Besides, the assumption that following a successful expungement, the broker with the expunged record is likely to conduct financial misconduct in future is not entirely correct since there are a variety of other considerations as well that take part in deciding it and play a significant role in the decision. Factors such as gender of the broker and the political considerations also play a significant role, and thus, the outcome may differ depending upon the way these factors play out in the life of the broker. Hence, it is not safe to associate a successful expungement with the tendency of recidivism for the brokers since the circumstances may force an altered outcome to present itself.
There are a variety of other factors in this analysis that make the inferences drawn uncertain. One of the primary ones is that the data that has been used is incomplete. Majority of the data that has been made use of in this analysis is only of the registered brokers. However, a minimal consideration has been given to the unregistered brokers.
The conclusions have only been generalized for both the registered and the unregistered brokers. This makes the accuracy of the inference to be doubted. Another instance where the analysis contradicts itself is the inference from the initial phase of the analysis that either the expungement be successful or unsuccessful, the inferences as to the future misconduct can be drawn.
However, at the later stages of the analysis in Panels D and E, it was found that the financial market did not make any differentiation between the brokers who had clean records or the ones who got their records expunged over time, but who had, at one point of time, one or more instances of financial misconduct.
Further, BrokerCheck aptly does not show the records that have been expunged since that would defeat the purpose of the expungement process. It is also to be noted that one of the brokers has had his/her records updated falsely, thereby causing their record to be tarnished. In situations like these, the expungement process is what helps these brokers. Thus, it cannot be said absolutely that the process itself is worth scrapping. All needs to be done is to grant expungement in as limited cases as possible.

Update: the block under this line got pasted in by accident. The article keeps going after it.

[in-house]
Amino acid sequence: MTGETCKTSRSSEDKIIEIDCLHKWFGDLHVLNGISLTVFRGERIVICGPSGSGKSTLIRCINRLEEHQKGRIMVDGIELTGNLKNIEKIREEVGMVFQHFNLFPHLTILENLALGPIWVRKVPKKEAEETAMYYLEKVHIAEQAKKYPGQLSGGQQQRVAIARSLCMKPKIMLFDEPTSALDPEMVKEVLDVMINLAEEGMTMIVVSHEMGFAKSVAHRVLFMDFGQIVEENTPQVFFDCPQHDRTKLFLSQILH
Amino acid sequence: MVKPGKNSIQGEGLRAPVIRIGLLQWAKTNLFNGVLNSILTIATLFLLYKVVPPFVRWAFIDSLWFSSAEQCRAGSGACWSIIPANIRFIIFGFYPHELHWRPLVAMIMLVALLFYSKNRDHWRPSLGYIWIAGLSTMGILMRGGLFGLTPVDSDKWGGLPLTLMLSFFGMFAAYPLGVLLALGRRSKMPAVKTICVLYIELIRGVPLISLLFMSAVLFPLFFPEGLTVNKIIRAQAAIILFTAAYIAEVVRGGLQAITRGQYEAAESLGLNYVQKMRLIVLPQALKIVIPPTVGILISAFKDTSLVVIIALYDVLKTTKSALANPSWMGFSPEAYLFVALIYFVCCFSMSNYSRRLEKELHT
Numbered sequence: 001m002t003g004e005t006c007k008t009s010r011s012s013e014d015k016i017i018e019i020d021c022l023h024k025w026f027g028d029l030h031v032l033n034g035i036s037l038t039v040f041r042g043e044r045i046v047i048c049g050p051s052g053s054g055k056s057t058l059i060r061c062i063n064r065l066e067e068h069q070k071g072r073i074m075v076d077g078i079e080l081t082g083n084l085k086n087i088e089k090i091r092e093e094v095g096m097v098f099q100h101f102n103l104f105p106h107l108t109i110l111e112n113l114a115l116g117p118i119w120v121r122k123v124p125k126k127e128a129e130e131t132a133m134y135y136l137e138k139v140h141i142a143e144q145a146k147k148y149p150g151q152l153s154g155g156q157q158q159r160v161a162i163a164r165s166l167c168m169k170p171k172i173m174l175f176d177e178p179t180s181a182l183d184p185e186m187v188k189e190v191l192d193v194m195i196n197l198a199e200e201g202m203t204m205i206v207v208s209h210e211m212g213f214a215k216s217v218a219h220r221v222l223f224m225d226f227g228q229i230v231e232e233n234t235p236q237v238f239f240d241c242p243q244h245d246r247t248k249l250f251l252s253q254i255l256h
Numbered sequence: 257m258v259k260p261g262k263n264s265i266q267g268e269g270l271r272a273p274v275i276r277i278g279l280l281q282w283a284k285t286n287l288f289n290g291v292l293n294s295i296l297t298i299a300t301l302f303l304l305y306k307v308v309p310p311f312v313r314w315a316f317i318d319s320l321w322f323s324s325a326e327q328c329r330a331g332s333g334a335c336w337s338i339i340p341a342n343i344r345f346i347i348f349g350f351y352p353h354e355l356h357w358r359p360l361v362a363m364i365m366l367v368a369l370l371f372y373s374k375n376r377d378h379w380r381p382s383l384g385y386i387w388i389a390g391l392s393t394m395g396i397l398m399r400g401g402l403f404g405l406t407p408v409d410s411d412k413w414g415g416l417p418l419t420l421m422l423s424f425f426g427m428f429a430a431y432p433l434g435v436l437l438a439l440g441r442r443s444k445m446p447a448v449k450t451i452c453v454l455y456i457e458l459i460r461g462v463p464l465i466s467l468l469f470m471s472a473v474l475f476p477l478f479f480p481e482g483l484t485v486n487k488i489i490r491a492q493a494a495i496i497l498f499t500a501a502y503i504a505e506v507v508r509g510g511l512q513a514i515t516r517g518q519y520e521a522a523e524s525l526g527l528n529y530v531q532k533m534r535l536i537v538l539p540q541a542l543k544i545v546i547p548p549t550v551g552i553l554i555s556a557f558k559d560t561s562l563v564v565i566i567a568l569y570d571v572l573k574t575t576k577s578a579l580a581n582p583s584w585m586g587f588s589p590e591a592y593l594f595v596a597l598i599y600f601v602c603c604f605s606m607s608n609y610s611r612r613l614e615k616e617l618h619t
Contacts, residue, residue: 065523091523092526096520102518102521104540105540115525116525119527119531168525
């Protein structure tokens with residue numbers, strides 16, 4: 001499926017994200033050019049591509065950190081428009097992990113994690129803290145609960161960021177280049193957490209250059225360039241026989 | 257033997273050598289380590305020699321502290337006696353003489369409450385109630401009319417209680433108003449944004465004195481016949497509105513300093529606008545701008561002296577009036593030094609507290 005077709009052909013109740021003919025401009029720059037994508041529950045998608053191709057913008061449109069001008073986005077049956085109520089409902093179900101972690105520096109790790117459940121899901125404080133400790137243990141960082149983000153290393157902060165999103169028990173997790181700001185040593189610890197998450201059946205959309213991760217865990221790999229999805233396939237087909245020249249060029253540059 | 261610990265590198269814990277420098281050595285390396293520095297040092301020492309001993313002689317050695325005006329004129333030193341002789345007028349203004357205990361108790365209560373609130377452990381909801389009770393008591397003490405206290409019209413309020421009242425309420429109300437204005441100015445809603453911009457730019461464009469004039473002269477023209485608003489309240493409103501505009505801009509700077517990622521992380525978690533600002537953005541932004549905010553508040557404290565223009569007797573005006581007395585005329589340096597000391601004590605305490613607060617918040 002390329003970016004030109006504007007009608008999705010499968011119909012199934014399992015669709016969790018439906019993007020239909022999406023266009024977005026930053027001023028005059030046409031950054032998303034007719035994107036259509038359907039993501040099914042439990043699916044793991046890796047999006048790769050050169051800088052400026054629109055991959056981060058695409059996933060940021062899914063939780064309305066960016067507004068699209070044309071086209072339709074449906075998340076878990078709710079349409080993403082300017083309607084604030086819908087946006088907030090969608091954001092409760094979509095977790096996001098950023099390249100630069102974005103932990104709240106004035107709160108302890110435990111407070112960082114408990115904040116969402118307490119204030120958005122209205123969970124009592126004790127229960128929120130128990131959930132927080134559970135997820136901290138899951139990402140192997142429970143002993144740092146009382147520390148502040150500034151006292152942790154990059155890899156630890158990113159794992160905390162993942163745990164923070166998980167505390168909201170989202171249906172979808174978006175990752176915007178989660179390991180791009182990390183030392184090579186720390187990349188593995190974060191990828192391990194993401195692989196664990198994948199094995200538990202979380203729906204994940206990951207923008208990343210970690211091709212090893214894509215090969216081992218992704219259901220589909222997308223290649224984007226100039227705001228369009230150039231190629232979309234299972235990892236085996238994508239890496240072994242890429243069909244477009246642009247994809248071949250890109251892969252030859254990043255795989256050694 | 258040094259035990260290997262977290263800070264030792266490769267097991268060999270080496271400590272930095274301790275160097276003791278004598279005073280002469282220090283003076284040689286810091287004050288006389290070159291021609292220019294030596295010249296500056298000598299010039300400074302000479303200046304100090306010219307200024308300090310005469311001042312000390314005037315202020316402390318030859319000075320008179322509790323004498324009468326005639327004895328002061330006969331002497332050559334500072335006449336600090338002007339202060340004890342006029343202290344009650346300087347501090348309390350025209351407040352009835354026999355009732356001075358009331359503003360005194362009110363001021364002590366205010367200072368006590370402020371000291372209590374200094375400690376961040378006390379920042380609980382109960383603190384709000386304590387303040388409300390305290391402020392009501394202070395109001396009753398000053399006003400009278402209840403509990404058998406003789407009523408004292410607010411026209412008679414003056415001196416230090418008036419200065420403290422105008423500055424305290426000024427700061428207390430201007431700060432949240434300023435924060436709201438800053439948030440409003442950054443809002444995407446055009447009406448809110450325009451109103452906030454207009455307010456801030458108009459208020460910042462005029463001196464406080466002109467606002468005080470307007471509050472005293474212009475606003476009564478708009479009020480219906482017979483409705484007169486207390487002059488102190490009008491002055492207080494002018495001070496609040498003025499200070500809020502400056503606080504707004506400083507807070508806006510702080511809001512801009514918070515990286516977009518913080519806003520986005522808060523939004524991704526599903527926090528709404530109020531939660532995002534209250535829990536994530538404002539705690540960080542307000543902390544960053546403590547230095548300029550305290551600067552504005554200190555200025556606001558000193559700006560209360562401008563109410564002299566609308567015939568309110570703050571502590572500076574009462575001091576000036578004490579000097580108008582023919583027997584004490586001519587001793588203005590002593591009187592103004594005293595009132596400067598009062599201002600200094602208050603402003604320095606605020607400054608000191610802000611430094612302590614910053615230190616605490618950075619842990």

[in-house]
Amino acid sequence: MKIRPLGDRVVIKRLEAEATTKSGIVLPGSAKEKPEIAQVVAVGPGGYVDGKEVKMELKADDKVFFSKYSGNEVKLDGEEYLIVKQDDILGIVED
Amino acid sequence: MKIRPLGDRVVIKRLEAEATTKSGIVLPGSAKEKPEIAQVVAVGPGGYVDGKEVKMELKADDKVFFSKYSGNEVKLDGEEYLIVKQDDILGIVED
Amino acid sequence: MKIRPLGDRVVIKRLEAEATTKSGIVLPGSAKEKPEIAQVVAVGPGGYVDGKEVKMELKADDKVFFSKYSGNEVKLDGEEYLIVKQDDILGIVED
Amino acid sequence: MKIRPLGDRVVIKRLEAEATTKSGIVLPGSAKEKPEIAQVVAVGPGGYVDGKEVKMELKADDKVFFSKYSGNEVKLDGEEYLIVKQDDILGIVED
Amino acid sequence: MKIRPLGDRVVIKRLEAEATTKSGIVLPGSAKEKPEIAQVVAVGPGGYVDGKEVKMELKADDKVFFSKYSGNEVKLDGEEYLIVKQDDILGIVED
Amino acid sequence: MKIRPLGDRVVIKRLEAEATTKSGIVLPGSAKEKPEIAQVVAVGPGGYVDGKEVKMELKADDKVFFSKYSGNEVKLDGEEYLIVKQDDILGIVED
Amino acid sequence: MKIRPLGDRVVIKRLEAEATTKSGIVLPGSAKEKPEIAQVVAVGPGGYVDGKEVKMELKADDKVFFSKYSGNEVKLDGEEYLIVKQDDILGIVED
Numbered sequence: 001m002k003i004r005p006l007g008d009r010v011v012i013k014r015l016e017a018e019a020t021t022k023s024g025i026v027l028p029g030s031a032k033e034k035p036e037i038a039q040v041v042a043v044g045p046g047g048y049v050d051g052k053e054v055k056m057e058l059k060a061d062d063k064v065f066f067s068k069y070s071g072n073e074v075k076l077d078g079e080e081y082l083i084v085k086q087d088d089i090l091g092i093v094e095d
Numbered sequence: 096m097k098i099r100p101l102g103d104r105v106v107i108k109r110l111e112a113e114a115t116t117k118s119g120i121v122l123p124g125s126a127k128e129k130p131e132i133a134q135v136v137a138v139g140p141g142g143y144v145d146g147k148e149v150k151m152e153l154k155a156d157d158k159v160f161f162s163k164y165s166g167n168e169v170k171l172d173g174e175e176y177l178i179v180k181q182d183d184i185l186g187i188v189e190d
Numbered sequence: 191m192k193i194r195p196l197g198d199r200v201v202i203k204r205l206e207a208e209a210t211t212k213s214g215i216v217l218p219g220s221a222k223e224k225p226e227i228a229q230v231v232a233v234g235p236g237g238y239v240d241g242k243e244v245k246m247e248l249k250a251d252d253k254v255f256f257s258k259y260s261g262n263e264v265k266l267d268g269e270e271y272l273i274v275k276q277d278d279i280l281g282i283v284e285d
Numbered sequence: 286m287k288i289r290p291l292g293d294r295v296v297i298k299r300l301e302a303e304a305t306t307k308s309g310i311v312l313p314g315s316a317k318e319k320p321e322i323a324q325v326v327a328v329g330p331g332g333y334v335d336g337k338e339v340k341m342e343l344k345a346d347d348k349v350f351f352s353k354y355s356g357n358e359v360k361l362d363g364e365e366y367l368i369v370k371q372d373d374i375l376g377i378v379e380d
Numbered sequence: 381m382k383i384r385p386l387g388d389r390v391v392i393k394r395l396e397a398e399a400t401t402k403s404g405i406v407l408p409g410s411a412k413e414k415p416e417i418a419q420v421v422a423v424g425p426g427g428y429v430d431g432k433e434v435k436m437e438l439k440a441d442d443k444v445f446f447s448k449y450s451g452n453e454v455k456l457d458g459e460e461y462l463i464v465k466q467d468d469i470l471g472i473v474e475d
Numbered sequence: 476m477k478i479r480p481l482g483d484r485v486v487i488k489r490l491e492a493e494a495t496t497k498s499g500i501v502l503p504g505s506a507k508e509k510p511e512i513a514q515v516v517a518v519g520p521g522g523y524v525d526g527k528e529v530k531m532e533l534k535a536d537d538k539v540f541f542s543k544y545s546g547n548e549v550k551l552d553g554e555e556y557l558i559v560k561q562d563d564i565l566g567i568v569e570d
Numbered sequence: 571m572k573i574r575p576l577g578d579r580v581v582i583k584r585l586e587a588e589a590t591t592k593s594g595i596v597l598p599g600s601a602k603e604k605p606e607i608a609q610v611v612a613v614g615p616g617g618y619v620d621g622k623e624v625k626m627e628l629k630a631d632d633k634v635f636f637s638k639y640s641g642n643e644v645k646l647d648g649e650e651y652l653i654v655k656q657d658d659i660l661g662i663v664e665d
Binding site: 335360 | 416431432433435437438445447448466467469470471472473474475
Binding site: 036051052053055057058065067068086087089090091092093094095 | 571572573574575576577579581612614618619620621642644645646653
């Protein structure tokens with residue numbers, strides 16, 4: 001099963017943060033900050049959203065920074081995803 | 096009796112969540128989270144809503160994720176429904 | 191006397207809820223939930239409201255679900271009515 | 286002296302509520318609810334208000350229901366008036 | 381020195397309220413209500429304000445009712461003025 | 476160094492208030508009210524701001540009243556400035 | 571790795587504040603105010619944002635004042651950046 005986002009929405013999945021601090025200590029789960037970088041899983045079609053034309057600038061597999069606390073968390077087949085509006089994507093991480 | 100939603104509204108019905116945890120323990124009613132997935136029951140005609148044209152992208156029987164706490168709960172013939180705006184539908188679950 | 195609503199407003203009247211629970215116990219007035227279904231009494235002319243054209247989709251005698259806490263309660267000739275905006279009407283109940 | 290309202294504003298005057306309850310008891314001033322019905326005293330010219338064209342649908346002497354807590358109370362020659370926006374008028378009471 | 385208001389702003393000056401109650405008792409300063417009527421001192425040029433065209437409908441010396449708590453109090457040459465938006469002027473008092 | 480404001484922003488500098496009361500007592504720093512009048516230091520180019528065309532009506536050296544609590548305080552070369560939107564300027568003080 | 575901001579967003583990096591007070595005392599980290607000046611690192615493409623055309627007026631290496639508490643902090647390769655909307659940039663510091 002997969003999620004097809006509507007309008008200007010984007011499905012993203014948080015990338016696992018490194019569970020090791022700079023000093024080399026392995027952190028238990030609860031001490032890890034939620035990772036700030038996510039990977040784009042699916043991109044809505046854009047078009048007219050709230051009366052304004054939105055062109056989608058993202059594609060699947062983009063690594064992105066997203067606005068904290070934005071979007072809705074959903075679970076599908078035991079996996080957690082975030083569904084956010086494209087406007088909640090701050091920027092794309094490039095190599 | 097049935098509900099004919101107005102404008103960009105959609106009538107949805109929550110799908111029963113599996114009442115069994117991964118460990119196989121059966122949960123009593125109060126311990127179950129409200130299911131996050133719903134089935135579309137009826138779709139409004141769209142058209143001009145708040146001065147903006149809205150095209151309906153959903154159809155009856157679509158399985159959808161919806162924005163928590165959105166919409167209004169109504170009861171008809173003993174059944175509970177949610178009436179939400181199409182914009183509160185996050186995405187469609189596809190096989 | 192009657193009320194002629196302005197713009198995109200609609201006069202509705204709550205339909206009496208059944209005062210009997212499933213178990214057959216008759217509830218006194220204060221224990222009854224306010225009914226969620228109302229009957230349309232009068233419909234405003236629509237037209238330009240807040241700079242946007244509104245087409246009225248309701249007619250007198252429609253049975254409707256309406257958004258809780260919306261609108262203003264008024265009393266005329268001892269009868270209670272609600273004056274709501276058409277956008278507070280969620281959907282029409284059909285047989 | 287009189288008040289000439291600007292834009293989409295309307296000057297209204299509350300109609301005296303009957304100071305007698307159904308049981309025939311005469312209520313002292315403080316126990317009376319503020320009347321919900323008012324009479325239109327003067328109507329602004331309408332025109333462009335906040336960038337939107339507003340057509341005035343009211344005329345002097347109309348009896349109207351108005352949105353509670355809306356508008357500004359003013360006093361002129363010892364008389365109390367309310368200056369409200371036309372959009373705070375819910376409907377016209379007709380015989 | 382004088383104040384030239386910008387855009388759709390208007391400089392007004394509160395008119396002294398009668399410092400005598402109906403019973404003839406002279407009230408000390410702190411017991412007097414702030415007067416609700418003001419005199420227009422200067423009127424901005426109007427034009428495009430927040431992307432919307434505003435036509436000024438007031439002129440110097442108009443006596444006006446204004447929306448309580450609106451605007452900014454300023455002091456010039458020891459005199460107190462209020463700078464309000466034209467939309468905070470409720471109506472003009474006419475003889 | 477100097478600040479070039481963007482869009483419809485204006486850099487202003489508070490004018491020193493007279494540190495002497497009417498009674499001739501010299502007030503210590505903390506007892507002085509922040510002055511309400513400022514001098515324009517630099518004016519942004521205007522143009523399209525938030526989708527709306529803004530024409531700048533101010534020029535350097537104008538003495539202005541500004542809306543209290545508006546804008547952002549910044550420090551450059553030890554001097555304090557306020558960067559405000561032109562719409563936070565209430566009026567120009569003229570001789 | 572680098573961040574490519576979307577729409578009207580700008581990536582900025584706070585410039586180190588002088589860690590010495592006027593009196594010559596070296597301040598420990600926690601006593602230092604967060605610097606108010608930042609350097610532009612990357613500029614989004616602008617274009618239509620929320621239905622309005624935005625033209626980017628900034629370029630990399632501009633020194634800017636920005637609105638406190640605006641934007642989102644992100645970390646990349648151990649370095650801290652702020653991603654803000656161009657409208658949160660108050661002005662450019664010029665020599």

However, it is notable that the conclusion that has been drawn by the analysts in this paper may not be entirely up to the mark. Although the inferences have been drawn from pure statistics, it is not without a grain of salt that these inferences should be adopted. Further, the process of approval of an expungement by the arbitrators is not an easy task since the process has set standards of an expungement being granted to a broker who has committed an act that counts as financial misconduct.
No expungement is granted unless those standards are fulfilled, and further reforms are also suggested to be implemented in order to make the expungement process stricter than it earlier was. It also forces the broker to incur high costs when he/she is seeking expungement relief, and that the expungement will not be granted until and unless the panel has been satisfied that the concerned broker deserves the order of expungement to be passed.
Thus, the inferences that have been drawn in this analysis may prove to be incorrect once these proposed amendments to the Expungement rules have been permitted and implemented. These proposed reforms may significantly reduce the number of expungement cases that will come before the Arbitrators.